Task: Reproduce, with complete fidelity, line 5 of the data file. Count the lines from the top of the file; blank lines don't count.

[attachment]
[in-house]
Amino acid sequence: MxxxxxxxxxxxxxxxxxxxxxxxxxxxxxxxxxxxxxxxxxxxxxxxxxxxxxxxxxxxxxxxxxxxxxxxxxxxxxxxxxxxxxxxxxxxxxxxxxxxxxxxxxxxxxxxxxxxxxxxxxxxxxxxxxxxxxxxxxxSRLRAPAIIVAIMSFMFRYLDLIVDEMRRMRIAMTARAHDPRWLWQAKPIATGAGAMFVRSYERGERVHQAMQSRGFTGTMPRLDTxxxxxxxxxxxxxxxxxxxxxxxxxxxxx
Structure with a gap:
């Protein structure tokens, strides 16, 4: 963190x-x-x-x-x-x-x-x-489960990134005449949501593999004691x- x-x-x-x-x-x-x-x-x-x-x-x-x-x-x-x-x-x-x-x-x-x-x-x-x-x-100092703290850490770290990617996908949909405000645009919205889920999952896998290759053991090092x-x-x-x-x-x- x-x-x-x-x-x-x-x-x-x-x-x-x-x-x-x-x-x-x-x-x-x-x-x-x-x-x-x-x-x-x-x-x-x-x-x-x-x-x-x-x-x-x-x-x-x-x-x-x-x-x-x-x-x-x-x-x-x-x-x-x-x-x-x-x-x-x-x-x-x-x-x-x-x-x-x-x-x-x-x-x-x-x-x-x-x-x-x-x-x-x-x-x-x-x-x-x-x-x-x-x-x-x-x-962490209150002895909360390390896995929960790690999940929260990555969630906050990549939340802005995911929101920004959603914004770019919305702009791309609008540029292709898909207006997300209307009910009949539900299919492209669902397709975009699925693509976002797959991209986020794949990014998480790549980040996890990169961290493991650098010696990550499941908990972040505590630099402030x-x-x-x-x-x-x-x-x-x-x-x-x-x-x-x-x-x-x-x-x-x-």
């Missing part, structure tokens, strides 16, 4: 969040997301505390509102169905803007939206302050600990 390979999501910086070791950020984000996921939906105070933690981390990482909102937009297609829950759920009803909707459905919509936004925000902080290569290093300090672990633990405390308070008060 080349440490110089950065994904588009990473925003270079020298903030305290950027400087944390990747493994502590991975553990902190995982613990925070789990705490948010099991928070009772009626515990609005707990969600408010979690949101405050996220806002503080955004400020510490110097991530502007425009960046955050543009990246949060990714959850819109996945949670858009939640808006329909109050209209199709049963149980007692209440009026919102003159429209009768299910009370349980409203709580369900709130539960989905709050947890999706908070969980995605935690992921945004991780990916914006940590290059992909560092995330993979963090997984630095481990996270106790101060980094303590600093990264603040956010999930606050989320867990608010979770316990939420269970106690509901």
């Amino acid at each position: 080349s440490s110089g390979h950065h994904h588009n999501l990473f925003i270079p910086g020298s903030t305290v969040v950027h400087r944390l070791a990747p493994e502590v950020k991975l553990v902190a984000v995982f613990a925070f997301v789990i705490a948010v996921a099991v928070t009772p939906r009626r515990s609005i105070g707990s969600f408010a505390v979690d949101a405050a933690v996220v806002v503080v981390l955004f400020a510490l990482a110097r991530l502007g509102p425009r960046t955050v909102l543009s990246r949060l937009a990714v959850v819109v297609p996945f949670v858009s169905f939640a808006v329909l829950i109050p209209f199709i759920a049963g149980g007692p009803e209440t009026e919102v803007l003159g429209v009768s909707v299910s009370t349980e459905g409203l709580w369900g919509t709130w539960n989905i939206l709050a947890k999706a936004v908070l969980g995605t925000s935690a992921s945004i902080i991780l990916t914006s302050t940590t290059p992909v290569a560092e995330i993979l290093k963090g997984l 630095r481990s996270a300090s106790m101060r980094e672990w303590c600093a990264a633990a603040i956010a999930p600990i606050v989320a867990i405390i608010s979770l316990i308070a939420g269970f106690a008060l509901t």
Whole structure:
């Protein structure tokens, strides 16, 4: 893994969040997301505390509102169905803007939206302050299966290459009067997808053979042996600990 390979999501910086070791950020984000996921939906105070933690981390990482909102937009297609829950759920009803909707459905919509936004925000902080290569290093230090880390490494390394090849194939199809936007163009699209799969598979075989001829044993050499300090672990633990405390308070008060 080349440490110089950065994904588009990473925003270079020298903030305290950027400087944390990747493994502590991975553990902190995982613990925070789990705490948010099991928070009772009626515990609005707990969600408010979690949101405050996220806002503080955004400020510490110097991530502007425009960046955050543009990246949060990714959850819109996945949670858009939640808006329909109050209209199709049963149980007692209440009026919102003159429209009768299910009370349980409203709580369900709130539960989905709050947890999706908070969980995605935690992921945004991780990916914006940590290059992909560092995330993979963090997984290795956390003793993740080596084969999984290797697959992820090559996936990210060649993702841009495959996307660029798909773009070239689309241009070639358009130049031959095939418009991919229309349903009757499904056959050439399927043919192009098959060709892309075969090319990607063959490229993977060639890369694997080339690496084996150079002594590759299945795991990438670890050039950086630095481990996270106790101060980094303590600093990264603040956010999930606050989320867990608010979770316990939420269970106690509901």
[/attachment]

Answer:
């Missing part, structure tokens, strides 16, 4: 969040997301505390509102169905803007939206302050600990 390979999501910086070791950020984000996921939906105070933690981390990482909102937009297609829950759920009803909707459905919509936004925000902080290569290093300090672990633990405390308070008060 080349440490110089950065994904588009990473925003270079020298903030305290950027400087944390990747493994502590991975553990902190995982613990925070789990705490948010099991928070009772009626515990609005707990969600408010979690949101405050996220806002503080955004400020510490110097991530502007425009960046955050543009990246949060990714959850819109996945949670858009939640808006329909109050209209199709049963149980007692209440009026919102003159429209009768299910009370349980409203709580369900709130539960989905709050947890999706908070969980995605935690992921945004991780990916914006940590290059992909560092995330993979963090997984630095481990996270106790101060980094303590600093990264603040956010999930606050989320867990608010979770316990939420269970106690509901």